carborane, or metallaborane cage units,
have long been known,[1] but while their
architectures are often interesting[8]
these molecules contain no individual
cluster modules larger than 12 vertices.
In light of this history, the achievement of Welch and his co-workers in
breaching this formidable barrier, as
described recently,[9] is impressive. More
importantly, their approach is an eminently rational one that may well open
the way to the controlled synthesis of
even larger carborane polyhedra—a
truly fascinating prospect that could
lead to unprecedented new carboranebased chemistry. Their synthetic strategy employs a long-known technique in
polyhedral borane chemistry, but with a
novel twist.
2003 Wiley-VCH Verlag GmbH & Co. KGaA, Weinheim
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Polyhedral expansion, a reaction
type originated by Hawthorne and his
students in the 1960s[10] and subsequently exploited greatly in metallacarborane
chemistry,[1, 4] is normally a two-stage
process: a closo n-vertex cage system
undergoes a cage-opening reduction
that is followed by insertion of a new
vertex into the “hole” to create an
(n + 1)-vertex closo polyhedron. The
reverse process, oxidative cage-closure
or polyhedral contraction,[10] entails the
extraction of a boron vertex from an nvertex cluster and the oxidation of the
resulting anionic species to afford a
neutral (n 1)-vertex product.[11] As applied to an icosahedral cage (structure
A, Scheme 1), the addition of two electrons generates an open 12-vertex dianion, for example B, into which one
can, in principle, insert [BR]2+ (where R
is H or a substituent group) to complete
a neutral 13-vertex cluster such as C.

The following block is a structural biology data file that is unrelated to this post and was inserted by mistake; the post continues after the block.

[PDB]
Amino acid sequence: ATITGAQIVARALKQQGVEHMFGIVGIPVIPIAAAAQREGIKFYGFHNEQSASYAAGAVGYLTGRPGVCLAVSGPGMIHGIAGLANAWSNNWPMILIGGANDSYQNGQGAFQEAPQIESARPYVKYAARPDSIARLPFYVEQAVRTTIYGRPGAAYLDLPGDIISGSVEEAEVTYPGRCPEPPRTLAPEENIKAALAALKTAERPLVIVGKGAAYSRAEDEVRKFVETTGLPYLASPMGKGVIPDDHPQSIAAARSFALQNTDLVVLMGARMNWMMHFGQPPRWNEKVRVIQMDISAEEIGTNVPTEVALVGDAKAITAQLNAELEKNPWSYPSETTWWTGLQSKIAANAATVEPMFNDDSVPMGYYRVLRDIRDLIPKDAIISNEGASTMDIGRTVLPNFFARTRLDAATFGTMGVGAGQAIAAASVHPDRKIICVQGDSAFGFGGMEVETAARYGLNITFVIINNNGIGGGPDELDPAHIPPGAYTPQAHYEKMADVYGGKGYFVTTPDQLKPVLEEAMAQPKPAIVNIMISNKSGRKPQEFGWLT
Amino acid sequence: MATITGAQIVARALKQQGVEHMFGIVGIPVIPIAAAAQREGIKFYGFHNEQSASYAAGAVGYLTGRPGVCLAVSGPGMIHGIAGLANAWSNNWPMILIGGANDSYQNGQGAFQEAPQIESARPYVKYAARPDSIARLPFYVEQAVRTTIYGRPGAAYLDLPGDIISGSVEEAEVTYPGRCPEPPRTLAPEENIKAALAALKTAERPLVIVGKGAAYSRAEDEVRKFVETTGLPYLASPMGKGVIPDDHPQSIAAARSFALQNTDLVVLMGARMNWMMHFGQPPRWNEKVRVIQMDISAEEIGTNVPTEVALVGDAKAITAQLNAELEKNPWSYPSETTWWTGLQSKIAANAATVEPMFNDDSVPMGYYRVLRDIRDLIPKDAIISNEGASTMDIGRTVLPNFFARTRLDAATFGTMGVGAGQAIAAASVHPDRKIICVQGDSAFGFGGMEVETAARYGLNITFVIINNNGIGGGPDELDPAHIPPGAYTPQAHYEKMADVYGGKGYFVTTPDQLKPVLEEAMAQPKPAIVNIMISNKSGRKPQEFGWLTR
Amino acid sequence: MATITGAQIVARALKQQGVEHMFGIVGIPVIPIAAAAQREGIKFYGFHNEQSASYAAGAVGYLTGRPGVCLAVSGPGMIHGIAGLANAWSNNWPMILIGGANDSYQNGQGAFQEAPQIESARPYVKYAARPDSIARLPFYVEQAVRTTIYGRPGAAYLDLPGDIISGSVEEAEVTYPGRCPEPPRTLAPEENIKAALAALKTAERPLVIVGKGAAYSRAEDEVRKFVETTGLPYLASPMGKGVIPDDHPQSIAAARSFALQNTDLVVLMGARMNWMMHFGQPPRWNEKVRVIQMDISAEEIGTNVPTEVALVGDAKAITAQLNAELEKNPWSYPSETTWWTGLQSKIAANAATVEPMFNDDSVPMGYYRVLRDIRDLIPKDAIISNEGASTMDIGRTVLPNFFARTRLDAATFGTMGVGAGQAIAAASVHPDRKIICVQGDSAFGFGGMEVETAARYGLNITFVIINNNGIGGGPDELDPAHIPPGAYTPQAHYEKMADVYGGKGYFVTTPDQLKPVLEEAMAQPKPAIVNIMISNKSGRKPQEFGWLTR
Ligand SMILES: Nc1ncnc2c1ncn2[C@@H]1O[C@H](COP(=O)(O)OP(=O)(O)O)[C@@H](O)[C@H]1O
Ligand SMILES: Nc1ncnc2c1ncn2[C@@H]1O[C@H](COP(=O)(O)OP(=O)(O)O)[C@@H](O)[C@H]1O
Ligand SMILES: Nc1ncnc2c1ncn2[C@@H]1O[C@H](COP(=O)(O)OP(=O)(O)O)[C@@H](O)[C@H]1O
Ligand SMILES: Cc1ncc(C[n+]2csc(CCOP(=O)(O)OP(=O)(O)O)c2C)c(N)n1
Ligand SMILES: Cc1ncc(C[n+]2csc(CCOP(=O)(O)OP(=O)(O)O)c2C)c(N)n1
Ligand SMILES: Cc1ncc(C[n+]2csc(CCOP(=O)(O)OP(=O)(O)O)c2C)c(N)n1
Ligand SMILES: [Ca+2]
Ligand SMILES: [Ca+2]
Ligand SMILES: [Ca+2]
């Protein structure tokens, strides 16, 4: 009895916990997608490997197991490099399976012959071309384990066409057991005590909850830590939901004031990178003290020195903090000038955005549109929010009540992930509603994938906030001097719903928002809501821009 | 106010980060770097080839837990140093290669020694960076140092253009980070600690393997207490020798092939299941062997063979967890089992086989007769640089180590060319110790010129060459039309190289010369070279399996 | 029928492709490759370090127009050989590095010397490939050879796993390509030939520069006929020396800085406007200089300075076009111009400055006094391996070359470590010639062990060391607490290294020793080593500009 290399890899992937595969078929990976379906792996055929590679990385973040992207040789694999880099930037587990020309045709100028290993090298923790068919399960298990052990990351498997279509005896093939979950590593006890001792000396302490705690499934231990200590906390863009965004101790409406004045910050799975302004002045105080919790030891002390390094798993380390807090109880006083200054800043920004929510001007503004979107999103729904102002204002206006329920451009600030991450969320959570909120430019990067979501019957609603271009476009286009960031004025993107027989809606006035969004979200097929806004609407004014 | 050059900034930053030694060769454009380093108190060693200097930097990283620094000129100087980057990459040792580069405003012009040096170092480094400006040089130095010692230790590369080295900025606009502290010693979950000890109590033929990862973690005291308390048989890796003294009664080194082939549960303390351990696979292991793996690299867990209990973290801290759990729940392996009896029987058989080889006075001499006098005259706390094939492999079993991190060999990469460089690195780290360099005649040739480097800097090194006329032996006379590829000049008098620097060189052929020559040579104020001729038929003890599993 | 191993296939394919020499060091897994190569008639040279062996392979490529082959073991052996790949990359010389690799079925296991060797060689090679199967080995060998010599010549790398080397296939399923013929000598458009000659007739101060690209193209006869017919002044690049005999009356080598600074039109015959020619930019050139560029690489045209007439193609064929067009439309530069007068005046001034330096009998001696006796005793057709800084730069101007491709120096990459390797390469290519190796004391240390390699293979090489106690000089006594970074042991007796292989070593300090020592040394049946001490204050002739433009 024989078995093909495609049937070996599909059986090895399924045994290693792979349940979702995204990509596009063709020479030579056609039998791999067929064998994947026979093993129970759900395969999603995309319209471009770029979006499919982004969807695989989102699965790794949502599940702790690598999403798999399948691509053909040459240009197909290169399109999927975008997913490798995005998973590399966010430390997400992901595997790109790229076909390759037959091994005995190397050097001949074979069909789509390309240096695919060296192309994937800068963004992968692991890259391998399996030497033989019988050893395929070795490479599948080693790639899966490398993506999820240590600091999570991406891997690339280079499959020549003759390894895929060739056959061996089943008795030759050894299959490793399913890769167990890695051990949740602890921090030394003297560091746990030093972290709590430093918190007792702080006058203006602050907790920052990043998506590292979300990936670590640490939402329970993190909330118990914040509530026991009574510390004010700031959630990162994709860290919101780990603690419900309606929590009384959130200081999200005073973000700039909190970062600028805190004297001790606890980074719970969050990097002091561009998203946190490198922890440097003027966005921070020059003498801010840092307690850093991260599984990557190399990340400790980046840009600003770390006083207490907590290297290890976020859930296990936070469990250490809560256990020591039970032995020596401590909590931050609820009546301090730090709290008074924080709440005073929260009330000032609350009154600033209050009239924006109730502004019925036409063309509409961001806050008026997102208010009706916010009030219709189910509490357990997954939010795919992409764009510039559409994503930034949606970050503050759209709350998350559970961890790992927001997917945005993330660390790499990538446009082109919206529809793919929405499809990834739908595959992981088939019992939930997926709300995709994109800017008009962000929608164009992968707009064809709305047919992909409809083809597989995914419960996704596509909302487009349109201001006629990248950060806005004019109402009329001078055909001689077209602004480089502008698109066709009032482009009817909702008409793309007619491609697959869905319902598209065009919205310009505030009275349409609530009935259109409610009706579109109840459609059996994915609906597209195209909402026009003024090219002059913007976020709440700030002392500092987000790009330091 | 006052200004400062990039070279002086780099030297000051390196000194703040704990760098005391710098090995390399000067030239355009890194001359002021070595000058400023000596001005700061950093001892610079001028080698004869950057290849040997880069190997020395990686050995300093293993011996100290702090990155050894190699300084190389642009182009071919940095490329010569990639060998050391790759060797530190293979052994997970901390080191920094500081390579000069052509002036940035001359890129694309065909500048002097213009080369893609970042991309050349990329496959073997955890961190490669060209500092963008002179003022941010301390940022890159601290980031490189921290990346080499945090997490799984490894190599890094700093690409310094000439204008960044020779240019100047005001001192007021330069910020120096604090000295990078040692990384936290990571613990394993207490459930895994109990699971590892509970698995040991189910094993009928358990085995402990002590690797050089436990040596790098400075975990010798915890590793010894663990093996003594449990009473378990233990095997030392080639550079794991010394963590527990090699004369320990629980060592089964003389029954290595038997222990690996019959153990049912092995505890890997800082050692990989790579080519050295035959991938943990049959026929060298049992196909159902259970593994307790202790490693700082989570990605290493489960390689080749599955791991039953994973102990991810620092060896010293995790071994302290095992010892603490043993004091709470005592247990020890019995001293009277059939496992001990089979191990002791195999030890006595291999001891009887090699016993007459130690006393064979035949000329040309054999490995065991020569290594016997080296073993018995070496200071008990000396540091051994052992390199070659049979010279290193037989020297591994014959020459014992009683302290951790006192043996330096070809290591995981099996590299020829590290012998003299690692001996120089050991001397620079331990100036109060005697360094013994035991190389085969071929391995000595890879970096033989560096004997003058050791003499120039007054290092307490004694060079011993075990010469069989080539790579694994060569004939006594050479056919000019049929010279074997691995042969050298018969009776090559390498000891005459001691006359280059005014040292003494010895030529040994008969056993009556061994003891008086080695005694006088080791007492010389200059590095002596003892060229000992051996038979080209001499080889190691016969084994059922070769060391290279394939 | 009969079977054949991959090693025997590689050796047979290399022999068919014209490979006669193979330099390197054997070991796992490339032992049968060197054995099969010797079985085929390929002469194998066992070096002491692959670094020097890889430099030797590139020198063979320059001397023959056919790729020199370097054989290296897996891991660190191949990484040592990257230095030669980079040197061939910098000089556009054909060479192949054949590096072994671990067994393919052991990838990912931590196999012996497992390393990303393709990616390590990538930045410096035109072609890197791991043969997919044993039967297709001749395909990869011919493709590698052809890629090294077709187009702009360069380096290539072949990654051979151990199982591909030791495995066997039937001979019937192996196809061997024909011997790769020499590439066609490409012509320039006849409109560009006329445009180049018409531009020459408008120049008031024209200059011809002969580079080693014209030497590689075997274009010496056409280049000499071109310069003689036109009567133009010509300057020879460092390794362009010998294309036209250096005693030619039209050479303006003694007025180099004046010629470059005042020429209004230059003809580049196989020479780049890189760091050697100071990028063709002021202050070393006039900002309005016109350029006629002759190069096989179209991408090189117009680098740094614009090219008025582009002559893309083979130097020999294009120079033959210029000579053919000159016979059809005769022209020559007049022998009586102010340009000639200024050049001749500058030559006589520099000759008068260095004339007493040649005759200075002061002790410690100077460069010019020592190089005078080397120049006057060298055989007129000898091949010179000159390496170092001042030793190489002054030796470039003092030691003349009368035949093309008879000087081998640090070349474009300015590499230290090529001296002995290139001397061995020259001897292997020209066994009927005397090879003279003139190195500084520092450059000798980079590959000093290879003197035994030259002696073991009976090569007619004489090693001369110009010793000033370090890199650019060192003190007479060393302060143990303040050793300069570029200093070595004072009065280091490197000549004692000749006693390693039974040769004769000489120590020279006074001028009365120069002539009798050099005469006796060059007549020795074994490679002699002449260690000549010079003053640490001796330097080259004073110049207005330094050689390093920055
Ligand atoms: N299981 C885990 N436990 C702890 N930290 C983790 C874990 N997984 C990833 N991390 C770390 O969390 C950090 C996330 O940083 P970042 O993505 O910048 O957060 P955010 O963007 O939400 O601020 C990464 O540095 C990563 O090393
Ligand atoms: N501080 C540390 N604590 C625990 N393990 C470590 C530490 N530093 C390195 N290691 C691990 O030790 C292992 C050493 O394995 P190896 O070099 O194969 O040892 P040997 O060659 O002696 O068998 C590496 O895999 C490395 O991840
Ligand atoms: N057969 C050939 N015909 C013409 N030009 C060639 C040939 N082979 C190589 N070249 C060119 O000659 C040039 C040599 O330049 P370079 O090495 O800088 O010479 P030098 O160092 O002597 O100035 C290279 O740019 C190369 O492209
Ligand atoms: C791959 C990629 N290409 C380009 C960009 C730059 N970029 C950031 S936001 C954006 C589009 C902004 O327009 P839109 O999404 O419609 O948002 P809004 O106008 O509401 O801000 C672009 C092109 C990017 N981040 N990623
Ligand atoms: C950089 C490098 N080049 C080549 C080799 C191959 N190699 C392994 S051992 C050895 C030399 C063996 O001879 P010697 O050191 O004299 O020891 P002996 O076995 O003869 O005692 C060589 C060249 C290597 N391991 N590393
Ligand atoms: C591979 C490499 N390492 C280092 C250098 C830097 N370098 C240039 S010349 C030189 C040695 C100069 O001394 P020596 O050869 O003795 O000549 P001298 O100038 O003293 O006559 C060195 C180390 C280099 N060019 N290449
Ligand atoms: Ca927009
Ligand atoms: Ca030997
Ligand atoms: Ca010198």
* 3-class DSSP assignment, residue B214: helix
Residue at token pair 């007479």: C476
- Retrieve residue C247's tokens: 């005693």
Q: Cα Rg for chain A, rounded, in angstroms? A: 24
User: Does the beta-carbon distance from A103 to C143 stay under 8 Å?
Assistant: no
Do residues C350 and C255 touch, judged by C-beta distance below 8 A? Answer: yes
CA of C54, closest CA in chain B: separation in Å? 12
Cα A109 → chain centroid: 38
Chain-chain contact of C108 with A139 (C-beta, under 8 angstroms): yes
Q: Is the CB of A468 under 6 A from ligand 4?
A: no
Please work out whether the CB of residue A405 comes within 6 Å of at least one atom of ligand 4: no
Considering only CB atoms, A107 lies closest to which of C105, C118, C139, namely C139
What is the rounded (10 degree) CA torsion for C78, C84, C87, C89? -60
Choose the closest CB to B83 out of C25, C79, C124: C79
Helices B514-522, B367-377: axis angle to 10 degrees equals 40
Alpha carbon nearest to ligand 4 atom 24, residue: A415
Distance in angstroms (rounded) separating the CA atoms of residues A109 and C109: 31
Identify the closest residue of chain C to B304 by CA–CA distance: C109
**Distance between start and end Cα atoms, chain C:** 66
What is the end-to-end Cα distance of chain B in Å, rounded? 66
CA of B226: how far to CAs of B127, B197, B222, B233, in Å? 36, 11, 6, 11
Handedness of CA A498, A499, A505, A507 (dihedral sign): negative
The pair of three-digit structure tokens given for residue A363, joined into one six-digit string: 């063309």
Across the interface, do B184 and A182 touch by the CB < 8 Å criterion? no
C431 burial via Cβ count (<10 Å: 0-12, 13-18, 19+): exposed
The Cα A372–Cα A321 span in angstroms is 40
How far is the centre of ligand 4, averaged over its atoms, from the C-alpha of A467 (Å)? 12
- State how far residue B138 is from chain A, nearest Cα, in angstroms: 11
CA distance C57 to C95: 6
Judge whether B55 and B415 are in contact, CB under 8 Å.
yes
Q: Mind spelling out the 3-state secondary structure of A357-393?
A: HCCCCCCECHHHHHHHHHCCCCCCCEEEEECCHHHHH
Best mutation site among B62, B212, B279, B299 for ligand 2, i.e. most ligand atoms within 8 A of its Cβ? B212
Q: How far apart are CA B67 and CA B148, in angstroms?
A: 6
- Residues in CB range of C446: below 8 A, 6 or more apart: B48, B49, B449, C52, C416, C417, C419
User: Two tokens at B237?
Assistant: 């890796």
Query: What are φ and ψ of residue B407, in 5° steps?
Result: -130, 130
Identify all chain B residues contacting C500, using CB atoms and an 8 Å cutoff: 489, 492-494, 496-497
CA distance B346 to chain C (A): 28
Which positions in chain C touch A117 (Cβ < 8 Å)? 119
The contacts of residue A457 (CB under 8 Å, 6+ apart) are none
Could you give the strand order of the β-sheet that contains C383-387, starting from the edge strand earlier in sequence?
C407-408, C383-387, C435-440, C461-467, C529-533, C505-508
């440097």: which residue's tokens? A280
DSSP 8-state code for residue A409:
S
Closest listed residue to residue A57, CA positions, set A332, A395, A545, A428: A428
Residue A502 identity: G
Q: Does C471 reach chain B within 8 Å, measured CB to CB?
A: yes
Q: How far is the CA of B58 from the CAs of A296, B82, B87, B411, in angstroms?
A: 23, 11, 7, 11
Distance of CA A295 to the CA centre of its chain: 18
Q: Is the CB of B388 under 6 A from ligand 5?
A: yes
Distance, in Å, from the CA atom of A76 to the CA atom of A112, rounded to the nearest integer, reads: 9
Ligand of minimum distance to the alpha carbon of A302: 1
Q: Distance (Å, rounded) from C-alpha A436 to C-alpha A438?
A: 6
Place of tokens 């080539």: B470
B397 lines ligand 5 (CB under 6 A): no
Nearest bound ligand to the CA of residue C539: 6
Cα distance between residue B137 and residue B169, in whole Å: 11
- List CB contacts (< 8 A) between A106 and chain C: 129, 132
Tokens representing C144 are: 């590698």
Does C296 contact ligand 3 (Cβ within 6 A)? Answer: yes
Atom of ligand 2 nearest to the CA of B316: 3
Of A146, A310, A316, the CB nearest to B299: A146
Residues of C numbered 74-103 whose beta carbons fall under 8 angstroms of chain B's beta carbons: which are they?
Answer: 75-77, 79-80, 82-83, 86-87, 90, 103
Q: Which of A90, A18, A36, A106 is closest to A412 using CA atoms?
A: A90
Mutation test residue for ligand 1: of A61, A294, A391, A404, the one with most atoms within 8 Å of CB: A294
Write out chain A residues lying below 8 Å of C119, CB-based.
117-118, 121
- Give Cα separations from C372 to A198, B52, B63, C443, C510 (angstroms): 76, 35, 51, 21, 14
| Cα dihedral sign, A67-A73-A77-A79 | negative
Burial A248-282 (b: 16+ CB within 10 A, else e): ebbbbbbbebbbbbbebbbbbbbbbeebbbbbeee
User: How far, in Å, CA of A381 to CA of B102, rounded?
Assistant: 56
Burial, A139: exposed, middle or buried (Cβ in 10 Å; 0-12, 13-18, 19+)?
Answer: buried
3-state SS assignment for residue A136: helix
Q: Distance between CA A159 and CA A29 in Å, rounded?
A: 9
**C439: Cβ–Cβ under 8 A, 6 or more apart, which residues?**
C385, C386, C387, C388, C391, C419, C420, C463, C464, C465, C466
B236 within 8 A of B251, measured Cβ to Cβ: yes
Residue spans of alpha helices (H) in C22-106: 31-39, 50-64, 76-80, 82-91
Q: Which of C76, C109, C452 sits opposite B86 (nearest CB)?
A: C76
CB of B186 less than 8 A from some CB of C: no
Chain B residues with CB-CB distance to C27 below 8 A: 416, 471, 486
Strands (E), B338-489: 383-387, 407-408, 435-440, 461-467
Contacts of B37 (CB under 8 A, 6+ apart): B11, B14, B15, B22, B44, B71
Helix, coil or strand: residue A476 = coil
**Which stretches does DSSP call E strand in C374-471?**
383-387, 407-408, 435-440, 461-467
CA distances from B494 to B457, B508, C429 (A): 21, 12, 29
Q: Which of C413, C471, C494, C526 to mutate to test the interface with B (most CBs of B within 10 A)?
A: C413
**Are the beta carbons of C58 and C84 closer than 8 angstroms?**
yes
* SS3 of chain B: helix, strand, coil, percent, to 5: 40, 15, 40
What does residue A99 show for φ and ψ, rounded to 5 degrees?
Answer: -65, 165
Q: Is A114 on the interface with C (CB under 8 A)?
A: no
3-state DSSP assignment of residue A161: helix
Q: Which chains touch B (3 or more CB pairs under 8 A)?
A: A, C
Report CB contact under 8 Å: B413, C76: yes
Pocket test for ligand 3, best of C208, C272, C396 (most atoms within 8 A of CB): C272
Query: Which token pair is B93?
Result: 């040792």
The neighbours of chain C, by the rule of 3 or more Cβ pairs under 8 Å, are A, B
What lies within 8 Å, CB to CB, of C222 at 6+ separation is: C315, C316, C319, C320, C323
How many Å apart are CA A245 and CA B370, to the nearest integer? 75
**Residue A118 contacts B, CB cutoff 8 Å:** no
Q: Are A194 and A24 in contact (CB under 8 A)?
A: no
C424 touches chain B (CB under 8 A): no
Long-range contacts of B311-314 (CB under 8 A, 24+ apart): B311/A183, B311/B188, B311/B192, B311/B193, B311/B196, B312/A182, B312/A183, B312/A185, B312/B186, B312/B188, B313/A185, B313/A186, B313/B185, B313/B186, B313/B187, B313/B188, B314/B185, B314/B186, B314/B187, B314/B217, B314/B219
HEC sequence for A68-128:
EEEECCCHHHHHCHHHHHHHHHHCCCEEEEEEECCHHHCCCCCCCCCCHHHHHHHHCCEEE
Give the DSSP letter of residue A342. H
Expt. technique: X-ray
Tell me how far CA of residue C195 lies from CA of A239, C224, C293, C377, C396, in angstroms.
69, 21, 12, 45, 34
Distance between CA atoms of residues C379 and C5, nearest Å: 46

Early carborane investigators found that
the first step works easily with the
C2B10H12 isomers, and isomeric nido[C2B10H12]2 ions are well known.[4c]
However, attempted insertions of nonmetal atoms into these ions have never
produced the desired 13-vertex target
species. Nonetheless, there have been
some intriguing hints. For example,
when the Welch group treated the
nido-[C2B10H12]2 dianion with BI3, the
isolated product was the boron–iodo
derivative, 1,2-C2B10H11-3-I, which suggests that a B I unit may have been
initially incorporated to generate a 13vertex cage that subsequently loses
Since it is well established that the
carbon atoms become separated when
the neutral carborane is reduced to
nido-[C2B10H12]2 , these workers reasoned that if the carbon separation
could be prevented, one might then
Angew. Chem. Int. Ed. 2003, 42, No. 11
Scheme 1.
successfully achieve insertion, and thus
complete the expansion to a 13-vertex
carborane. A way to accomplish this,
they conjectured, would be to prepare a
derivative of 1,2-C2B10H12 in which the
cage carbon atoms are firmly tethered
together by a suitable linking group.